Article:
My daughter gave me the whole book on Christmas day, and I decided to open one letter per month. That way, it will last the whole year. I have opened 5 so far (I will open the 6th – for June – right after I hit ‘Publish’ on this post), and I am blown away by this ‘gift that keeps on giving’.

I thought this would also be an amazing gift to give to your Dad on Father’s Day (Sunday, June 18). If my Dad were still on this earth, I would give it to him. He is no longer here, but I think I will do it anyway. I will write these letters to him … and I know that it will help me to re-experience this beautiful man who brought me into this world and who meant so much to me, to my siblings, and to my mom.

You can make a book like this yourself, and add the openings you think best fit your relationship with your father.

Here are a few ideas for the letter themes:

  • A special memory I have of you is…
  • From you, I learned the importance of…
  • The places that remind me most of you are…
  • One thing I am glad we share is…
  • I always think of you when…
  • I love that our family…
  • One thing I admire about you is…
  • The best adventure we’ve had together is…
  • I’ve always wanted to tell you…
  • I always laugh when I remember…
  • I am most of proud of you when…
  • The moment that I knew what it meant to be a father is…
  • Thank you for…
  • In the future I hope we…

You can choose to give your Dad the whole book of letters, or you can write one per month and mail it to him. What a beautiful gift it will be for him to receive this from you. Especially in this time of electronic communication. Checking the mail will be a whole new experience for him!

Happy Father’s Day…to all the Current Dads, Future Dads, Dads who have left this Earth too soon, and Dads still to come…and to all of you who love those Dads!

Deri Latimer is an expert in positive possibilities for people! A TEDx Speaker and Author, Deri’s message reinforces that positive habits are the pathway to a happier and healthier life – at work, and at home! www.derilatimer.com

 

Feast on ‘Growth’ or Starve on Ego

Man&WomanMeeting1When Bob Kegan, Ph.D. spoke at the 2016 NeuroLeadership Summit in New York and said ‘feast on your weaknesses or starve on your ego’, I took special note. The topic of discussion was Feedback That Works, and the message being delivered was ‘Stop Giving Feedback’. I was intrigued.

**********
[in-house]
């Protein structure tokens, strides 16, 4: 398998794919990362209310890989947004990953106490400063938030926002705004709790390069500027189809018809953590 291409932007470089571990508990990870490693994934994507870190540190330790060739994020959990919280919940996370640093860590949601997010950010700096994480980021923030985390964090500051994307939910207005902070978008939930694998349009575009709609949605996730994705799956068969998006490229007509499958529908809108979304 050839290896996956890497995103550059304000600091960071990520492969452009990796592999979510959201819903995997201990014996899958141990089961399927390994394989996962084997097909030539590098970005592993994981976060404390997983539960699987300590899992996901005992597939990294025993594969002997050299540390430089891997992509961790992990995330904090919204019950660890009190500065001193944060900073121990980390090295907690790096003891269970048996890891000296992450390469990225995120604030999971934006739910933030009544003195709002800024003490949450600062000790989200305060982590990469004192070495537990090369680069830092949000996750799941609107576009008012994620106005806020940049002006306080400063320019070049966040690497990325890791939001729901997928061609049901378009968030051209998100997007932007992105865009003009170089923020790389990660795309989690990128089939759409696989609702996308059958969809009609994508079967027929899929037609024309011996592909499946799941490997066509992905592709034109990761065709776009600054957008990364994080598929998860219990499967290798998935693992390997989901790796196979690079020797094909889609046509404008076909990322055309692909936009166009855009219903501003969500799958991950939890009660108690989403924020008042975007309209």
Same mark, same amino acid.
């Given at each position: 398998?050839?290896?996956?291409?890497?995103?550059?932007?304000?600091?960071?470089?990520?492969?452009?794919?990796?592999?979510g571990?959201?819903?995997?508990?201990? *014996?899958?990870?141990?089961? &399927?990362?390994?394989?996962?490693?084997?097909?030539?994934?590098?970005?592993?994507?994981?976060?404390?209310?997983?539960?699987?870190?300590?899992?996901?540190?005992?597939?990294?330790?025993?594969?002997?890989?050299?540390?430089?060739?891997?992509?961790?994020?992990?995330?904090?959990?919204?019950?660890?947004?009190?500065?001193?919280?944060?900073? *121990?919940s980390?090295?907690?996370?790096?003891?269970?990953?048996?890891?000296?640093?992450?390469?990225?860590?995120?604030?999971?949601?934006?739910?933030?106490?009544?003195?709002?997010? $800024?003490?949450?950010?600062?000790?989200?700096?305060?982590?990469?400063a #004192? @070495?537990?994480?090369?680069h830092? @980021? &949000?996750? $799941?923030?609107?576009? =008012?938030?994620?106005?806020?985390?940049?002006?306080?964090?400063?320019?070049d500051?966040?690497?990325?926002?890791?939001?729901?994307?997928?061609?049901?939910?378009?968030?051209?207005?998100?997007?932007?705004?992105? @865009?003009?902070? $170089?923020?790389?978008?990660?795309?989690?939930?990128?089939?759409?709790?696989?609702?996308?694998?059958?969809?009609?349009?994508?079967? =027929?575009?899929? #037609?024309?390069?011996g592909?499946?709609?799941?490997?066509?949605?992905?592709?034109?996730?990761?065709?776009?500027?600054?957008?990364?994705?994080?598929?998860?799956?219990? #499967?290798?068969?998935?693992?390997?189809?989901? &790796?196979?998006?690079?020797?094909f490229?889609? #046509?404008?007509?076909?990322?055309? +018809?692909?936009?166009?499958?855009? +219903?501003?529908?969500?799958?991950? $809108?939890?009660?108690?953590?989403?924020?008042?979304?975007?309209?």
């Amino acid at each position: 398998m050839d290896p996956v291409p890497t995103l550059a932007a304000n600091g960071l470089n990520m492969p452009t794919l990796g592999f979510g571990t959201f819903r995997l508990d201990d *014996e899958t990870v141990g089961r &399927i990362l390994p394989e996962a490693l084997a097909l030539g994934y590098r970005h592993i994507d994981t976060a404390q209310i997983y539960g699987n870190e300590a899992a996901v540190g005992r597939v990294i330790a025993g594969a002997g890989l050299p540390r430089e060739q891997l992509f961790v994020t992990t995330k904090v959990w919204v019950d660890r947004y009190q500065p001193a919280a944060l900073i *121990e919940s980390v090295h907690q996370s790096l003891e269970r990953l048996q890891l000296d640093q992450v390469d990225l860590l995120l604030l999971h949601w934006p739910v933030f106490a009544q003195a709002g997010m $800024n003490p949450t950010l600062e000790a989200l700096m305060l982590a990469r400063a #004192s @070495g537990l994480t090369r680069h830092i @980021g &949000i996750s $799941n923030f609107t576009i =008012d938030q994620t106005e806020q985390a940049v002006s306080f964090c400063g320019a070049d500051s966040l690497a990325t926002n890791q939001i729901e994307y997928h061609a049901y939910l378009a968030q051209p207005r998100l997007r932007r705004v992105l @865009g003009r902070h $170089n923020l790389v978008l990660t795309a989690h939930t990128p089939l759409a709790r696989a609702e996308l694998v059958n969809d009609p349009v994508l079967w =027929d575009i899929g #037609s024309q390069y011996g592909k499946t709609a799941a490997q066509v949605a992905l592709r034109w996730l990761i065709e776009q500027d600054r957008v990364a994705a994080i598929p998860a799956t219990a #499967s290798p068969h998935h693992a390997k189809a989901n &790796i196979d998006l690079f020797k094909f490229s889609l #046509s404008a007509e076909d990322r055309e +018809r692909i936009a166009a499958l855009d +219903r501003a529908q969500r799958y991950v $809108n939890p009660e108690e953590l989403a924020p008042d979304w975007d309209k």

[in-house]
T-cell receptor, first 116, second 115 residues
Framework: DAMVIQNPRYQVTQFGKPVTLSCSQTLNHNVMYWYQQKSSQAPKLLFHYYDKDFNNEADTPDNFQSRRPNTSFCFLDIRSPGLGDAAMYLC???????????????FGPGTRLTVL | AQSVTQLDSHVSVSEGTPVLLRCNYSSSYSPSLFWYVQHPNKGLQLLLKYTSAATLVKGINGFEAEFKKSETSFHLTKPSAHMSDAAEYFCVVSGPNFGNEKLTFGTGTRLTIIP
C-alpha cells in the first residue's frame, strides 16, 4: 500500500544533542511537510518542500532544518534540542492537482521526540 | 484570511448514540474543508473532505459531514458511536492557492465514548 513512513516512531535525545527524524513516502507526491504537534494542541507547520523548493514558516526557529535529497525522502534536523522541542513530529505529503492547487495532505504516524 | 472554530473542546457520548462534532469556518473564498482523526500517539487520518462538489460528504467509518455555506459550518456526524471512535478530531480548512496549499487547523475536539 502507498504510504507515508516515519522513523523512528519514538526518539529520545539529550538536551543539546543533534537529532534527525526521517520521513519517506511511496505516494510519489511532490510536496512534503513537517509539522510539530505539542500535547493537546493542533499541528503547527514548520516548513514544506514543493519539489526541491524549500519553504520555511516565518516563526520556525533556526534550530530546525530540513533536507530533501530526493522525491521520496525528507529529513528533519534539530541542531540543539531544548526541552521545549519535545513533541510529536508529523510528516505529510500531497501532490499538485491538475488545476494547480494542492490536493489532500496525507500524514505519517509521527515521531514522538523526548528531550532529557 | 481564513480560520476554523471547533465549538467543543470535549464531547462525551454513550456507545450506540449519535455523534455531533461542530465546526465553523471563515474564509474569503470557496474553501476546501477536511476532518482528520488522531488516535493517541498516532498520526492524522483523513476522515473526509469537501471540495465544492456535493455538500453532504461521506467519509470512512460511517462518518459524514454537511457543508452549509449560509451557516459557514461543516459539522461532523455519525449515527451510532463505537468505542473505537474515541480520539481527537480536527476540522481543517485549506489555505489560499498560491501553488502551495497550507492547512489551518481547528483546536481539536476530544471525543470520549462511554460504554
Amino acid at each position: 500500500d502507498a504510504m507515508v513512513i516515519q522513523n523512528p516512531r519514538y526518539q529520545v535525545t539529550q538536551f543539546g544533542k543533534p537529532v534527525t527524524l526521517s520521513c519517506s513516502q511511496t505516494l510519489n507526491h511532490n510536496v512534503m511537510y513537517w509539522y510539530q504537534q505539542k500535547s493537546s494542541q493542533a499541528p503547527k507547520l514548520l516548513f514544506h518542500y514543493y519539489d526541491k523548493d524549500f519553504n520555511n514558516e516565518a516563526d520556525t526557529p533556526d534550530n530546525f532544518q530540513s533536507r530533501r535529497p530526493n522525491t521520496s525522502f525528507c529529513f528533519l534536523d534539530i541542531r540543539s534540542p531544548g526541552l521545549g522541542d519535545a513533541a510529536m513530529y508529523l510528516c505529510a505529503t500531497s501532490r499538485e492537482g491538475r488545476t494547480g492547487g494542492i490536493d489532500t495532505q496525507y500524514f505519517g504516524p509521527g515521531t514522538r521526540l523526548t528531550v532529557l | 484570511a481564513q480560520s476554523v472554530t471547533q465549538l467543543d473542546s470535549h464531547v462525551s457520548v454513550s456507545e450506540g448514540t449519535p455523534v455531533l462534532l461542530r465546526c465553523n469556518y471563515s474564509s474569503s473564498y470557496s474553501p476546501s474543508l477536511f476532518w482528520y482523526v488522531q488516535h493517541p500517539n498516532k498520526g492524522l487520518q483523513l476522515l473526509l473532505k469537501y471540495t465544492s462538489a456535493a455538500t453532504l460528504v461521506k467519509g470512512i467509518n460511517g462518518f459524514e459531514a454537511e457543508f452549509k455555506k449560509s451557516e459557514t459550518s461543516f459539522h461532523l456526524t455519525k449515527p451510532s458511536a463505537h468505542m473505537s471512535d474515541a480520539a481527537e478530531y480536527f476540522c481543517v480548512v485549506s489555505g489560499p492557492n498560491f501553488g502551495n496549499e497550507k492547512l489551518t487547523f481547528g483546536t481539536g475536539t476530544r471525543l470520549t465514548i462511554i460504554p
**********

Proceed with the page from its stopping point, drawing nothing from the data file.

Research from the NeuroLeadership Institute reinforces what many of us already know. Feedback, at least the way it happens in most organizations today, puts people in a threat state,  and makes it less likely that they will actually hear the feedback, and then take constructive action to: 1) contemplate the message, 2) ask thoughtful questions, and then, untimately, 3) make any adjustments that might be required as a result of receiving the feedback. They’ll be so focused on the threat, that their neural resources will be used up defending themselves (starving on ego) rather than in maximizing the opportunity to learn and grow (feasting on growth). Since feedback often only happens around Performance Management discussions, it is inextricably associated with all of the other negative repercussions of traditional PM.

There are two major concerns with the way feedback typically happens in organizations. First, it is GIVEN, not sought. Second, it is linked to the cycle of Performance Management (which for many organization, is also linked to ‘success’ in the organization, including level of remuneration and qualification for succession opportunities).

The answer is, indeed, to ‘stop giving feedback’…and to start asking for it!

Yes, you read that correctly! Instead of relying on others to ‘evaluate’ you, to indicate what is going well and what is not, why not ask for it – regularly. And, don’t just limit the asking to your immediate supervisor – ask everyone you interact with at work. Treat feedback that you hear as the gift that it is; insight into others’ experience of you and your actions, and the opportunities available for you to continue to learn and grow as a human being.

If you are asking for feedback, and you hear that feedback as critical information that will HELP you to learn and grow, then your brain will automatically be in a positive (reward) state rather than a negative (threat) state.

This will also support all of the ground-breaking research from Carol Dweck on Growth Mindset. Choosing to believe that you can continue to learn and grow throughout your life, automatically makes you more curious, more engaged, and more resilient. Feedback is simply another way to gain insight into opportunities for personal learning and growth. You win, your leader wins, and your organization wins.

Here are some simple strategies to help you to feast on growth:

  • Choose to believe that you can (and will) continue to learn and grow throughout your entire life
  • Approach key individuals in your organization and agree to engage in a two-way dialogue about feedback; ensure that each of you ask for and then share important information that is focused on helping eachother to learn and grow